During the UN Climate Change Conference — COP27 — held in Egypt’s coastal resort city of Sharm El-Sheikh last month, delegates from climate-vulnerable nations called on the international community to do more to help them mitigate the effects of global warming.
Several governments, including Zanzibar’s, have recognized the urgent need to make their economies more sustainable, resilient and diverse, and to accelerate the transition to renewable energy sources.
“Luckily, we haven’t been affected so much when it comes to climate change, but we are mitigating the effects by specific policies that were put in place,” said Mwinyi.
“For example, the tourism we are talking about in Zanzibar is high-value, low-volume tourism. So we want quality tourism, few numbers but high quality, as opposed to mass tourism, which is devastating to the environment.
“And we also have put down policies to mitigate the effects of climate change, including the use of renewable energy, the recycling of solid waste and such measures. So, in effect, we are hoping to make sure that we are not affected as other island nations have been affected by climate change.”
To avoid potential economic setbacks in the long run, Zanzibar is looking beyond tourism as a primary source of revenue, by embracing agriculture and the “blue” economy, which sustainably utilizes maritime and marine resources.
This includes the establishment of new fisheries, the development of seaports for travel and trade, off-shore renewable energy, seabed aquaculture, and other extractive activities, all under the umbrella of the Zanzibar Development Vision 2050.
Through its Blue Economy Policy, Zanzibar’s government has focused on strengthening the aquaculture sector with investments in seaweed farming, which offers local women economic empowerment and farming communities sustainable livelihoods.
“Since Zanzibar is made up of islands, we have to utilize ocean resources for economic development, but in a sustainable way,” said Mwinyi.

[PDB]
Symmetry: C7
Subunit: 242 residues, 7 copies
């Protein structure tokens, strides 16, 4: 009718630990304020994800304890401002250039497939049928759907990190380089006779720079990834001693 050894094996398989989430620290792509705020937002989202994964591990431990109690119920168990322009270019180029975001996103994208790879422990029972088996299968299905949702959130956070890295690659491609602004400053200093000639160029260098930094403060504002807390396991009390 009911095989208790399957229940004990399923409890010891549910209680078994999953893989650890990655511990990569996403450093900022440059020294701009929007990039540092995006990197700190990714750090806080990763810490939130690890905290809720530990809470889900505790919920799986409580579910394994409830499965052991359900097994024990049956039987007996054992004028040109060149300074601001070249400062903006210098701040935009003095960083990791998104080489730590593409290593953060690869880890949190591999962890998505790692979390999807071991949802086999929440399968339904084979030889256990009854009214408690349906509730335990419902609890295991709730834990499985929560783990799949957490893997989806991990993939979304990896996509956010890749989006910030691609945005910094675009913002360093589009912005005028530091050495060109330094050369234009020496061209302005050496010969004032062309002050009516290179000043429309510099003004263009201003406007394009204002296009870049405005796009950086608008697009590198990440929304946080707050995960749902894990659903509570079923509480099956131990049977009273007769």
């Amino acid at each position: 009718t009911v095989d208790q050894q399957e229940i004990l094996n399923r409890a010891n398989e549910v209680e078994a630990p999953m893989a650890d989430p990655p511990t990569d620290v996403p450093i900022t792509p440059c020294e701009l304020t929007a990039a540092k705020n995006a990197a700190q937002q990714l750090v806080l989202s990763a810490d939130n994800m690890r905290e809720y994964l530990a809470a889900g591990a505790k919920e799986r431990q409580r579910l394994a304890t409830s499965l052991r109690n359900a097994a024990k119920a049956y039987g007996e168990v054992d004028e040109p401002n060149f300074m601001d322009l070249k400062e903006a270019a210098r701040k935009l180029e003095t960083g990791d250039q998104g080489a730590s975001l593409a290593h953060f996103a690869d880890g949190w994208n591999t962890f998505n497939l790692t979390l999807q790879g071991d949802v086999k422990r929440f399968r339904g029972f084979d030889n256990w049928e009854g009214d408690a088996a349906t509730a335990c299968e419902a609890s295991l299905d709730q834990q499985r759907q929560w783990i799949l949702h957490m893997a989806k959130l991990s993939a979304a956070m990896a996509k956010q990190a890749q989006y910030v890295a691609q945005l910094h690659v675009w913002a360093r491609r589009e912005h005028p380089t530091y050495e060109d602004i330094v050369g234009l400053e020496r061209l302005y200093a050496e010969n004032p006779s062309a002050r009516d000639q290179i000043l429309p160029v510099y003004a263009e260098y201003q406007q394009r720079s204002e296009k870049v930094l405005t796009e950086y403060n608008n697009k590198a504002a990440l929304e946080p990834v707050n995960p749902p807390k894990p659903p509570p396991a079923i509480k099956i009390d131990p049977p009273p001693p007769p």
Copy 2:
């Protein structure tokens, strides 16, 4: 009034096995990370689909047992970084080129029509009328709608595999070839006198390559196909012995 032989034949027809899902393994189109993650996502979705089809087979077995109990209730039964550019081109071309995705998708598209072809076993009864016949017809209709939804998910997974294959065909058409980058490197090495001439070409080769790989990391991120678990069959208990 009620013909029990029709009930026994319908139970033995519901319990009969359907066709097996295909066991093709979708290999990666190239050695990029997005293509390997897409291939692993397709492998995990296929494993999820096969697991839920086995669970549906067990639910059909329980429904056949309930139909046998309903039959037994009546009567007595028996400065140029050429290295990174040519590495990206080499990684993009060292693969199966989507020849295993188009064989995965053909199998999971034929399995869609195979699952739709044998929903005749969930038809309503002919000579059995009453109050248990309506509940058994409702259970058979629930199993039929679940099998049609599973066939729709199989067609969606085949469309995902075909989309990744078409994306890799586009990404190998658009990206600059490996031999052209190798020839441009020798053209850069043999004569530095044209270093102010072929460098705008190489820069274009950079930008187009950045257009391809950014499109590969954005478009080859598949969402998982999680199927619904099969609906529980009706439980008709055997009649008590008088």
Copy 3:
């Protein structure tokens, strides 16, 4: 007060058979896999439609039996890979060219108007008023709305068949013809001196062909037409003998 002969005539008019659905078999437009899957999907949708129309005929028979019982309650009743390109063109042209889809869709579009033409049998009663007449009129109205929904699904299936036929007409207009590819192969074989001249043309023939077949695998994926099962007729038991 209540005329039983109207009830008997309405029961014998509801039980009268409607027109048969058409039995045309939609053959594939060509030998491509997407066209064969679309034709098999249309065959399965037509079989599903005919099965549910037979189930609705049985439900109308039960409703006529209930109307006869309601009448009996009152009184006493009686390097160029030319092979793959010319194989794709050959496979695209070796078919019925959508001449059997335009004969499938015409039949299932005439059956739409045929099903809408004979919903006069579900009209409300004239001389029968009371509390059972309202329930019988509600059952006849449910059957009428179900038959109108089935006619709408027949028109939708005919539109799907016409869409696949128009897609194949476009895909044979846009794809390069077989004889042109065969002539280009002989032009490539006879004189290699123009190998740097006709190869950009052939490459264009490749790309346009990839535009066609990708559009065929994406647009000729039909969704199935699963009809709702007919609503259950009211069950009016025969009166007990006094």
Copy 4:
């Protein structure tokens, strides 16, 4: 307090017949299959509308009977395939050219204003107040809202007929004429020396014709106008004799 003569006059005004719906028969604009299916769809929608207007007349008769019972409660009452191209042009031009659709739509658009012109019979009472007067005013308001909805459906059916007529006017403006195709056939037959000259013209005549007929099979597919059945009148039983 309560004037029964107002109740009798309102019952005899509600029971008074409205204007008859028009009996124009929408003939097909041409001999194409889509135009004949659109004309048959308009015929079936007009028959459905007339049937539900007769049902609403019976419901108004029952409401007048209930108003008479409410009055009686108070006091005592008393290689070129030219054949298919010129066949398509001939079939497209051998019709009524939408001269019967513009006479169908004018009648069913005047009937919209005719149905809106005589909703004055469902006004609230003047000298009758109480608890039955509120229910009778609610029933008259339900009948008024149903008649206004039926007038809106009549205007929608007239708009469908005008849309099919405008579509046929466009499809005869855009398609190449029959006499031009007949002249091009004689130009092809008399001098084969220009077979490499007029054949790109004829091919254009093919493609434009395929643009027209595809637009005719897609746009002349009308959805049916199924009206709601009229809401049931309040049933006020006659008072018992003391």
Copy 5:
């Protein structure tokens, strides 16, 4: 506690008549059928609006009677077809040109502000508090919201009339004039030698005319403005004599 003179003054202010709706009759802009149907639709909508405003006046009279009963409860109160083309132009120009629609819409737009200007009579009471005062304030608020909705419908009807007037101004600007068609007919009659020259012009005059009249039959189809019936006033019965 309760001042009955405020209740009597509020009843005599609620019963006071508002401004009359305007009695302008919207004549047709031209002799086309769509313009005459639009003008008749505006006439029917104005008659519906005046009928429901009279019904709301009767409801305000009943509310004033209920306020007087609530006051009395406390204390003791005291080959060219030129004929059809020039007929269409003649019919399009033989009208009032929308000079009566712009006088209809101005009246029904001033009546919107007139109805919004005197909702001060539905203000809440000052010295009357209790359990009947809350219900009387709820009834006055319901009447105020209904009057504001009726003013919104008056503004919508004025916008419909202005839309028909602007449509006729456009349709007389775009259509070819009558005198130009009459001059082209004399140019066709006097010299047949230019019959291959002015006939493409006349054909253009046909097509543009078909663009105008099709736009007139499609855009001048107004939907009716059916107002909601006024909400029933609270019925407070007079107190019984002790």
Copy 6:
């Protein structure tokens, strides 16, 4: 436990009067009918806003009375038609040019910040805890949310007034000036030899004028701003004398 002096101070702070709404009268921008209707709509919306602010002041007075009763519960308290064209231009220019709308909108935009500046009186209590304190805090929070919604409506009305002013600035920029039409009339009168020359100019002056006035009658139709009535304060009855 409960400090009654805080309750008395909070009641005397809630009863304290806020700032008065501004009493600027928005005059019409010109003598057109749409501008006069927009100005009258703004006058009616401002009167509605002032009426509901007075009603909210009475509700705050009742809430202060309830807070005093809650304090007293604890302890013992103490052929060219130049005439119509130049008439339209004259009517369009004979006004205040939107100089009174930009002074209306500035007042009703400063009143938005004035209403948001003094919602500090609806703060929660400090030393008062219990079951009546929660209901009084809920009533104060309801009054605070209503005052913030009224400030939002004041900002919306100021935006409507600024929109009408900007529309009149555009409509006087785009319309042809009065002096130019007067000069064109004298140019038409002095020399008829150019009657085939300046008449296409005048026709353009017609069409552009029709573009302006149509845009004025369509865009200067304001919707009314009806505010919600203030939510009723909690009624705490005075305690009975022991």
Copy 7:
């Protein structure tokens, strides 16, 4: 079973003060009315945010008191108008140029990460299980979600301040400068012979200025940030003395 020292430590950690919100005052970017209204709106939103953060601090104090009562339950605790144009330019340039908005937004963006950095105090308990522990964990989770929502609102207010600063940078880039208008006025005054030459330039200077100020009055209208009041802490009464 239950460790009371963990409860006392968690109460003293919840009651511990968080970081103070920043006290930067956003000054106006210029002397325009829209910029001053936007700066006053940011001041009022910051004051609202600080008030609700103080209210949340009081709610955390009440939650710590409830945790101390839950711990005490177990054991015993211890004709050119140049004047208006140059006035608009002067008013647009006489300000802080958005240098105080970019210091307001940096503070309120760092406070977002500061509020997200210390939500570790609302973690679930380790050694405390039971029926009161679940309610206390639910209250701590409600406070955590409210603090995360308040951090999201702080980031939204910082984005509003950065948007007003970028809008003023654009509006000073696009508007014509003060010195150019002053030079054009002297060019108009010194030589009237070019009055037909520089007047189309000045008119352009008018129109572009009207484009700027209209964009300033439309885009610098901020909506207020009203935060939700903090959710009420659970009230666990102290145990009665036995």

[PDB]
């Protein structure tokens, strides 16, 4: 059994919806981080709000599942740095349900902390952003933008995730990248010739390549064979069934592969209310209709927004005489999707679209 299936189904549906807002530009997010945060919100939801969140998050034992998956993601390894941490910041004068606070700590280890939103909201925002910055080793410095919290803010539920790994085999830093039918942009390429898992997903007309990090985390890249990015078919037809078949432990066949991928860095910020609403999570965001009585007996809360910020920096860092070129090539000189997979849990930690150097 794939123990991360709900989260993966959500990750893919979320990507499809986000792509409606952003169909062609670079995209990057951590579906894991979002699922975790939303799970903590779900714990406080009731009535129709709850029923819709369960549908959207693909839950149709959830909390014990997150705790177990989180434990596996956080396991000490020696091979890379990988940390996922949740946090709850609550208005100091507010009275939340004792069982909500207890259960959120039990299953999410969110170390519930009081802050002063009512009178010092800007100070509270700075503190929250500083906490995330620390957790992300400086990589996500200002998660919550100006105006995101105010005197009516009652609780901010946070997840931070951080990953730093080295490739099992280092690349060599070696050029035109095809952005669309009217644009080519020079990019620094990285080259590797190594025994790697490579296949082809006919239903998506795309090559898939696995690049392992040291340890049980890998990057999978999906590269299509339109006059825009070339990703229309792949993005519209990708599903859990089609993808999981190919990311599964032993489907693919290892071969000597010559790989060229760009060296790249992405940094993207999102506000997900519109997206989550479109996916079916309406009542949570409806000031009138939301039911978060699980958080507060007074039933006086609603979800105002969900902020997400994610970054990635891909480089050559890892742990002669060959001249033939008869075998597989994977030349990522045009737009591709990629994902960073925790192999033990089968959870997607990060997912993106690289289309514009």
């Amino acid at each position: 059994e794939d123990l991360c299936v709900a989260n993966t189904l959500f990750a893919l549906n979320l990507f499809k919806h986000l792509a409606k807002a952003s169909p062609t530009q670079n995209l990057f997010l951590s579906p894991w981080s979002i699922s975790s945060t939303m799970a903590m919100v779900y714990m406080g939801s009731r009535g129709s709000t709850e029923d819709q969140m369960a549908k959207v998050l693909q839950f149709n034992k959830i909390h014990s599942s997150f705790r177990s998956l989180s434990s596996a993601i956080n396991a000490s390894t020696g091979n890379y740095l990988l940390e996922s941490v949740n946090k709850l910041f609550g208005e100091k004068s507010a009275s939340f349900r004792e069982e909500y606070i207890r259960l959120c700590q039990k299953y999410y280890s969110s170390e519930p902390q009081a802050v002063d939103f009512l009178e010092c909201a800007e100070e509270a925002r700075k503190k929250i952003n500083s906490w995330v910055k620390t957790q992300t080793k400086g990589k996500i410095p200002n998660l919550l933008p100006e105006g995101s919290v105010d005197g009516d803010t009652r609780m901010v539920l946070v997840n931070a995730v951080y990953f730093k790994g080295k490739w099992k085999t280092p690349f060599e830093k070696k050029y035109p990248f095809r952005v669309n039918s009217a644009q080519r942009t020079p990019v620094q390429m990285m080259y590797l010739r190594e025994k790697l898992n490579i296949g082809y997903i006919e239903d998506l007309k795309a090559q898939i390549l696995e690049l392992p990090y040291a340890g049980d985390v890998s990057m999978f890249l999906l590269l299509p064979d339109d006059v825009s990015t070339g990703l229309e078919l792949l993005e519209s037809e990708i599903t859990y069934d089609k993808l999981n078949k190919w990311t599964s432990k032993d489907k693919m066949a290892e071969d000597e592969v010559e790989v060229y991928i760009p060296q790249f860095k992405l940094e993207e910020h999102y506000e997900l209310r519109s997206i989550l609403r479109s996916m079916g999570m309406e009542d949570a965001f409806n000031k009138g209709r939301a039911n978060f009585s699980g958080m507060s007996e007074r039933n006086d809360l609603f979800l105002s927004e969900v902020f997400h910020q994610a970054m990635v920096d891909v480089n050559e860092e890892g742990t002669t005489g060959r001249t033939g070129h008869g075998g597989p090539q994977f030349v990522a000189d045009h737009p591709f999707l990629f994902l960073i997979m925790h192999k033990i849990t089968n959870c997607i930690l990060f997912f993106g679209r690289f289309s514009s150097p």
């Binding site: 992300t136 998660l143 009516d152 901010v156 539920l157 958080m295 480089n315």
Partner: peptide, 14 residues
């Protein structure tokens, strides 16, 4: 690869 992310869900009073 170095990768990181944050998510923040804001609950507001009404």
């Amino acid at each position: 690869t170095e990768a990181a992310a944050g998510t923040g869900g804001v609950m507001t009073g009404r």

“So other than tourism, we are looking into fisheries. It’s an important industry for us — not only fishing but also fish farm aquaculture. We are looking at other sectors like seaweed farming. But we are also developing infrastructure like seaports so that we can have more maritime trade and transportation.”
After meeting with business leaders in Riyadh, Mwinyi is more confident than ever that Tanzania and the province of Zanzibar can enjoy reciprocal trade and cooperation in a wide range of industries.
“Tanzania and Saudi Arabia have had longstanding diplomatic relations. We have embassies on both sides. And now we are trying to strengthen that by encouraging investment from the Saudi side into Tanzania by sending some products from Tanzania to Saudi Arabia,” he said.
“I had a good conversation with the Federation of Saudi Chambers, where members discussed a lot about food security. And as you know, Tanzania is a huge country, we have almost 1 million sq km of fertile land.
“So, we are an agricultural nation. We can send in a lot of agricultural produce to Saudi Arabia, and we can also send livestock to Saudi Arabia. And it has started actually. We are hoping to increase that.
“On the other hand, Saudi Arabia can send Tanzania products from the hydrocarbon industry, from plastics and fertilizers, including oil and gas itself. So there’s a lot of room for cooperation and strengthening our economy.